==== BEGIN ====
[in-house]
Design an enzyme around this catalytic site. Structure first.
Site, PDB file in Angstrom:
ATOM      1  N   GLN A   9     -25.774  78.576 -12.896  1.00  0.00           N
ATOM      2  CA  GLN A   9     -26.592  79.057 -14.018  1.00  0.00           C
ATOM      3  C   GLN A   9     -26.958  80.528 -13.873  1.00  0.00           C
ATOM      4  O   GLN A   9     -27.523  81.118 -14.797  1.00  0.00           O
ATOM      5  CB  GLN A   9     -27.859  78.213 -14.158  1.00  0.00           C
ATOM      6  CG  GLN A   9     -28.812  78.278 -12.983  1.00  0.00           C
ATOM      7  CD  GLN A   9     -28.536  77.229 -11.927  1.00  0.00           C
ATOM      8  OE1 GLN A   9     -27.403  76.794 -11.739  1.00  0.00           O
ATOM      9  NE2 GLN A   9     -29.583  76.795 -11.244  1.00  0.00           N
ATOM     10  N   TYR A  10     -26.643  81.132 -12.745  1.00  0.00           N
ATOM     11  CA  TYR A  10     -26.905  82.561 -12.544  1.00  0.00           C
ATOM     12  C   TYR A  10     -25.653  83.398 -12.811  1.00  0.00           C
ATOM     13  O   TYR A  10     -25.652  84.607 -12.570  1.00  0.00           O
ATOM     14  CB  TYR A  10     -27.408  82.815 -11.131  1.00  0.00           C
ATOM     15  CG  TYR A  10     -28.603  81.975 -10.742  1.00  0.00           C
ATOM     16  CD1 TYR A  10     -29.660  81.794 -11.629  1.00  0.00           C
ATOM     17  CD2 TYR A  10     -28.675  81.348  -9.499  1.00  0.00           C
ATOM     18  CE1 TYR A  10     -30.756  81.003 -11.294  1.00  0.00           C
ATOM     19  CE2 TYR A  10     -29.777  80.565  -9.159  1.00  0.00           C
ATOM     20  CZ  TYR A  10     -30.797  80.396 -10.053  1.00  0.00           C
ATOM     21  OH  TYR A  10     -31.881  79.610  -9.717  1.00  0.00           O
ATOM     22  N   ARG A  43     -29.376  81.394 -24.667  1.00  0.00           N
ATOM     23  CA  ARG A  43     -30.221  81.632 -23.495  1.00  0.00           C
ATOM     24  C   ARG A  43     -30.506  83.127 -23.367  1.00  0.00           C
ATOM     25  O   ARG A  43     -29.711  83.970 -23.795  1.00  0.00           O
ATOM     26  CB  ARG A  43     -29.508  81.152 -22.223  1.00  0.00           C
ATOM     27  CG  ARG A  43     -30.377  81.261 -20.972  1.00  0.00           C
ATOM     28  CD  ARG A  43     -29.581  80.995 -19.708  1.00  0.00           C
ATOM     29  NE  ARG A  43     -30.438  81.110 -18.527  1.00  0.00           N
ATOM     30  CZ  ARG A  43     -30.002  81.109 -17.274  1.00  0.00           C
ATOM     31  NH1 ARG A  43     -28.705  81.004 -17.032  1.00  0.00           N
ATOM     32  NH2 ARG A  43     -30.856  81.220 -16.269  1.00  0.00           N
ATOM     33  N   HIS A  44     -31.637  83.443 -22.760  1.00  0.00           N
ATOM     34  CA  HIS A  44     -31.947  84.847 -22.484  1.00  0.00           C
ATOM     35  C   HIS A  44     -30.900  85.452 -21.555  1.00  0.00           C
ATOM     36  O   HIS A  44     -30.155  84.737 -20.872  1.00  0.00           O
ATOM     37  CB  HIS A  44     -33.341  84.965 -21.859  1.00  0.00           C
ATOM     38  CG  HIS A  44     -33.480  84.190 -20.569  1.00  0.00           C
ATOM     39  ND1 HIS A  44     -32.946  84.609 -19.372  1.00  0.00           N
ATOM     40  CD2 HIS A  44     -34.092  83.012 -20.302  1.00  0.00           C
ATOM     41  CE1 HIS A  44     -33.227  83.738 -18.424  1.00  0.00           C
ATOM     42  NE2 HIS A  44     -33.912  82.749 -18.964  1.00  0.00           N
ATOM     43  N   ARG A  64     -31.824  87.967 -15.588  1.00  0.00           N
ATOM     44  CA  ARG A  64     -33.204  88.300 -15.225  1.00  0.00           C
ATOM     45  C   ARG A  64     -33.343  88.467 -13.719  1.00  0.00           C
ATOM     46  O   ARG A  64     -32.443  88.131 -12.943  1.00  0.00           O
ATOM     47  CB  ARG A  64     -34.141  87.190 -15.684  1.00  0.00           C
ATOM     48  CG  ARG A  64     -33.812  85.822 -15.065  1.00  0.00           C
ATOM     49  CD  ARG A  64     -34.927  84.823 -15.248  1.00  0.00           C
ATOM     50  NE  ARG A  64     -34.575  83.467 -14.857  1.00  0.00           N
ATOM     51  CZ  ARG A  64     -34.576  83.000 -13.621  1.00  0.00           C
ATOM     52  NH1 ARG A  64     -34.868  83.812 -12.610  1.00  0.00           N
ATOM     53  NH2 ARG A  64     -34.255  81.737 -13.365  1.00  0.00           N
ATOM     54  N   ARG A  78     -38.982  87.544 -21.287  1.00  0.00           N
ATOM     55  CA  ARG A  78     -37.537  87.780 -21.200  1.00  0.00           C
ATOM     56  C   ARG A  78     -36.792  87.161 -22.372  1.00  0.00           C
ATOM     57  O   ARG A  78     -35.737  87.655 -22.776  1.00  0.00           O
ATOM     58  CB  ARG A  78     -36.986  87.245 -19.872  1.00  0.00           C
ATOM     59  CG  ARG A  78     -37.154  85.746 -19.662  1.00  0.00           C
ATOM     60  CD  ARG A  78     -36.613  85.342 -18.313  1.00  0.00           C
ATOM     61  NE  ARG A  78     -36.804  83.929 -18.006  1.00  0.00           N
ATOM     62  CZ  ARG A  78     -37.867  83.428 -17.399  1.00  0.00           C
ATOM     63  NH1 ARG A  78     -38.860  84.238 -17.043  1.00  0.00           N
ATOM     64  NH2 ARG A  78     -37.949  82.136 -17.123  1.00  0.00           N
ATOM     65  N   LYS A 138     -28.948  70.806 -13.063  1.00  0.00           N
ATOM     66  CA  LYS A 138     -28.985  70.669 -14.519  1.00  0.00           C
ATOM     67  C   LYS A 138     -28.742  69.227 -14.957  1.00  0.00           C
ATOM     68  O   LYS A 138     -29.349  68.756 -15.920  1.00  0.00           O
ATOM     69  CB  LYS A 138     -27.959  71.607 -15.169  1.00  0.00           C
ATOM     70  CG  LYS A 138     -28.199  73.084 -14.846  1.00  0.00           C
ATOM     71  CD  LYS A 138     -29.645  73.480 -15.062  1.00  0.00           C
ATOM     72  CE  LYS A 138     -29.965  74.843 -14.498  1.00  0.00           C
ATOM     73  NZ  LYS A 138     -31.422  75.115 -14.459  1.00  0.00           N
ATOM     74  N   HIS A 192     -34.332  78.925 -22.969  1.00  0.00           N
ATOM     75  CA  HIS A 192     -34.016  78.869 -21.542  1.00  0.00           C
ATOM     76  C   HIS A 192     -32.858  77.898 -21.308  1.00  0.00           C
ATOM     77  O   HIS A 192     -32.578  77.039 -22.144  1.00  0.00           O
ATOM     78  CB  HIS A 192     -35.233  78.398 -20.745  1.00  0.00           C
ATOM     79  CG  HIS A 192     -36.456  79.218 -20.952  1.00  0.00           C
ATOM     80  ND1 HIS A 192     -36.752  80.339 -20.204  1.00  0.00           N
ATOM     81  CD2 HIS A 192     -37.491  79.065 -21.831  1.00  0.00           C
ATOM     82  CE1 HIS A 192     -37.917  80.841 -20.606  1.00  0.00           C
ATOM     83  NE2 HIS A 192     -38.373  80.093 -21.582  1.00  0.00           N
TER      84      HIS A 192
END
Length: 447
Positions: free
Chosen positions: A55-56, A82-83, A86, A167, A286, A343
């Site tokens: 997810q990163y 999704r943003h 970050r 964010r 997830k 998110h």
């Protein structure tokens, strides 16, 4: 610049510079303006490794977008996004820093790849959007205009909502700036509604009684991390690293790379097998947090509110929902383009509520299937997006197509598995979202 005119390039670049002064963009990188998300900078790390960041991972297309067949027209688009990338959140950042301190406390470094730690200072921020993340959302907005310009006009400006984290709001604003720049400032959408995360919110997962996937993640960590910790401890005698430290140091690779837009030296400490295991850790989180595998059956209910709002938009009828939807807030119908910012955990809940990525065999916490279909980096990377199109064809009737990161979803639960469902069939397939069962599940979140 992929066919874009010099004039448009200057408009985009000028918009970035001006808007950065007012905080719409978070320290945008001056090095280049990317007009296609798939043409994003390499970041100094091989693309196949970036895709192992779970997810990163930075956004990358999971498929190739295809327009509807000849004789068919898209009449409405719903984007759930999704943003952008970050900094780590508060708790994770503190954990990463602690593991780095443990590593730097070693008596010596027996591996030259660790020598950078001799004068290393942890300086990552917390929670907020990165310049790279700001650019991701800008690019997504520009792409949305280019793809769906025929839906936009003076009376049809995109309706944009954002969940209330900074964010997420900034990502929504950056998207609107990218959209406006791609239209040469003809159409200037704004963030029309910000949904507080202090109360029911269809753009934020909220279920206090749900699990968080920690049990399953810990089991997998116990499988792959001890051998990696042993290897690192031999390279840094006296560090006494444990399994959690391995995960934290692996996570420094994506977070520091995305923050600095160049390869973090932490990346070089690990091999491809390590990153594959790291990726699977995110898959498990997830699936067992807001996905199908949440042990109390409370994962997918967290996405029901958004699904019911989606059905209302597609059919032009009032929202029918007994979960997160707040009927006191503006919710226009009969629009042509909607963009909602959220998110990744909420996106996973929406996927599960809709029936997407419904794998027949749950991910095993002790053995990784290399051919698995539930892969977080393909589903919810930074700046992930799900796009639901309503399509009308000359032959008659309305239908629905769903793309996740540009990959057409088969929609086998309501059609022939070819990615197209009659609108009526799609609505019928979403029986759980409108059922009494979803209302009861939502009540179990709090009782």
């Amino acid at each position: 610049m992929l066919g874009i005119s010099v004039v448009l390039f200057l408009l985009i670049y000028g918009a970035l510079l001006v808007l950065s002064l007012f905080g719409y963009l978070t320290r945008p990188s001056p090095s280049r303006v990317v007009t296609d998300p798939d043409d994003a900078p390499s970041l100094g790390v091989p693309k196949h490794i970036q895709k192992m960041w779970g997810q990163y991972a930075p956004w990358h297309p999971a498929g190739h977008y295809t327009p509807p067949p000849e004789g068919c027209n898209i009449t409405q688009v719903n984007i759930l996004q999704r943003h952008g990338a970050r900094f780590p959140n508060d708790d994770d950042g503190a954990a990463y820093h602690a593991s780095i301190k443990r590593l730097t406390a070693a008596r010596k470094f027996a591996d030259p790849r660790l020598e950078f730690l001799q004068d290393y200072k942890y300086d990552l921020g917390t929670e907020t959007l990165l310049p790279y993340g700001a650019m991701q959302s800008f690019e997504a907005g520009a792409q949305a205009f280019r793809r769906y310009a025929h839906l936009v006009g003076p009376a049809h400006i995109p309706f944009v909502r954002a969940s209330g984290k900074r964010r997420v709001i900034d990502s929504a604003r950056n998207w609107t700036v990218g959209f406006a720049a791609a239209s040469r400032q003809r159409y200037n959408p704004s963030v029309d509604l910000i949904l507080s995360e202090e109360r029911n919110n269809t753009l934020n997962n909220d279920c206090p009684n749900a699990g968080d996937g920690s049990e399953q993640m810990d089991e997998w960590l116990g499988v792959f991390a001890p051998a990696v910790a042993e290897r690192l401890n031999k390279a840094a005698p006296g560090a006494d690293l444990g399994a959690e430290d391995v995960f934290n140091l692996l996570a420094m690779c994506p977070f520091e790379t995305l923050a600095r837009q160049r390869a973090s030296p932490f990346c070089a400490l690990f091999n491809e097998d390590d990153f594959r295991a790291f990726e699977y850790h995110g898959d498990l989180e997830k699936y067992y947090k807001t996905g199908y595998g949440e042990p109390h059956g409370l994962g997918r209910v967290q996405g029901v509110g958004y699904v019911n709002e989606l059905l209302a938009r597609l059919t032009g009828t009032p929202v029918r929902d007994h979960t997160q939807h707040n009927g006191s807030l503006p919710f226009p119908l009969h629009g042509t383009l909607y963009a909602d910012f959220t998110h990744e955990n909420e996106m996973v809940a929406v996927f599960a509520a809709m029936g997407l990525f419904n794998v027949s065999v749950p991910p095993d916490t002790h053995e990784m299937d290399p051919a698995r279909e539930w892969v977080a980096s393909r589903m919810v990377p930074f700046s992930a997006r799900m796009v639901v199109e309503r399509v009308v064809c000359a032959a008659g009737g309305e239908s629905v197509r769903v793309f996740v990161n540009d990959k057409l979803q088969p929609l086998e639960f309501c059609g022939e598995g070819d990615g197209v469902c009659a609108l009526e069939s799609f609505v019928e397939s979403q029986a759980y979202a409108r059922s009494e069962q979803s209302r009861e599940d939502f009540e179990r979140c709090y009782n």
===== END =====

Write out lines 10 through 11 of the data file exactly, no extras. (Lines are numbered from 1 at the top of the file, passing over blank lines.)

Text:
ATOM      7  CD  GLN A   9     -28.536  77.229 -11.927  1.00  0.00           C
ATOM      8  OE1 GLN A   9     -27.403  76.794 -11.739  1.00  0.00           O